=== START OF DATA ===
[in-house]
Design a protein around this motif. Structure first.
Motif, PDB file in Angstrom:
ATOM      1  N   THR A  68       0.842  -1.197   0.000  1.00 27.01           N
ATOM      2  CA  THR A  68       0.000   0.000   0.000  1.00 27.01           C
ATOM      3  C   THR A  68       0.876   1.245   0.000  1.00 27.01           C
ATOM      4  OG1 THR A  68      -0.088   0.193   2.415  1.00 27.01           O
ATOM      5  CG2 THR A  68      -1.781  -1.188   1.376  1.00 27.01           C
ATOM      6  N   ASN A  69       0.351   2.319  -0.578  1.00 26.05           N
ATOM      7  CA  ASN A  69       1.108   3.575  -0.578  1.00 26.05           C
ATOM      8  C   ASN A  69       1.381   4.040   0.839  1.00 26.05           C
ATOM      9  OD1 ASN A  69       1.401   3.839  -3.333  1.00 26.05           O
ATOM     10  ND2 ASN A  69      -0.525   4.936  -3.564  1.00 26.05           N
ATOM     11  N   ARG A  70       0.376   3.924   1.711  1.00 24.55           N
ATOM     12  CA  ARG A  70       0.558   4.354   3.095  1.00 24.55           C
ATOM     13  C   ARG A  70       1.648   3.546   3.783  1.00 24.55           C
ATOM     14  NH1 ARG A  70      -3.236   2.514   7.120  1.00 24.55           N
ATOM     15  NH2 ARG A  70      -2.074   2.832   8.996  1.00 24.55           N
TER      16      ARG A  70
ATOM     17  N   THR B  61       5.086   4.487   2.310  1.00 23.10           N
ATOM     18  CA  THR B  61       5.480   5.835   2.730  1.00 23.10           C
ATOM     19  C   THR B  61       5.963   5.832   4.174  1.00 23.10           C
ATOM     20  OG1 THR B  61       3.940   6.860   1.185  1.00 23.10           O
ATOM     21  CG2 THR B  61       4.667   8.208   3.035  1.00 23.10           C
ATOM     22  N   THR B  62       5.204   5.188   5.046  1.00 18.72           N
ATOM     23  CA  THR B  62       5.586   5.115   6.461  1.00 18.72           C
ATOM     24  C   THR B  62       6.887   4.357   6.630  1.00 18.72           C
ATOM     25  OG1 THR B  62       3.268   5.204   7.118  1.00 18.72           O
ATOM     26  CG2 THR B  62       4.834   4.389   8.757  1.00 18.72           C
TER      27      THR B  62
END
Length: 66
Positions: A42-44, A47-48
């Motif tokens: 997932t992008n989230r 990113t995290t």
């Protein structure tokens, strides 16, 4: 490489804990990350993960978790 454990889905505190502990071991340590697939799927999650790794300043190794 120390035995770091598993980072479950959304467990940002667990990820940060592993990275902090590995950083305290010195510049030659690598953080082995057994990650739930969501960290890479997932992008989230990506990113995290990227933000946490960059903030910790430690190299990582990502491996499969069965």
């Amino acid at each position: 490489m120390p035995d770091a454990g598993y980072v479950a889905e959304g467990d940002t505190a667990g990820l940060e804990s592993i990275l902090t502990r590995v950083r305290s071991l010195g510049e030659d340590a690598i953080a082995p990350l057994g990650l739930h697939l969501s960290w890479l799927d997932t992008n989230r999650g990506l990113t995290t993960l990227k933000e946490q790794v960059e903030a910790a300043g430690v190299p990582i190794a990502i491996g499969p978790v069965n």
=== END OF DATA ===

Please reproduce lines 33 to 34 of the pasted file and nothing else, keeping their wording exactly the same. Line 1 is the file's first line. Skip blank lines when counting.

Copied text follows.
Positions: A42-44, A47-48
């Motif tokens: 997932t992008n989230r 990113t995290t």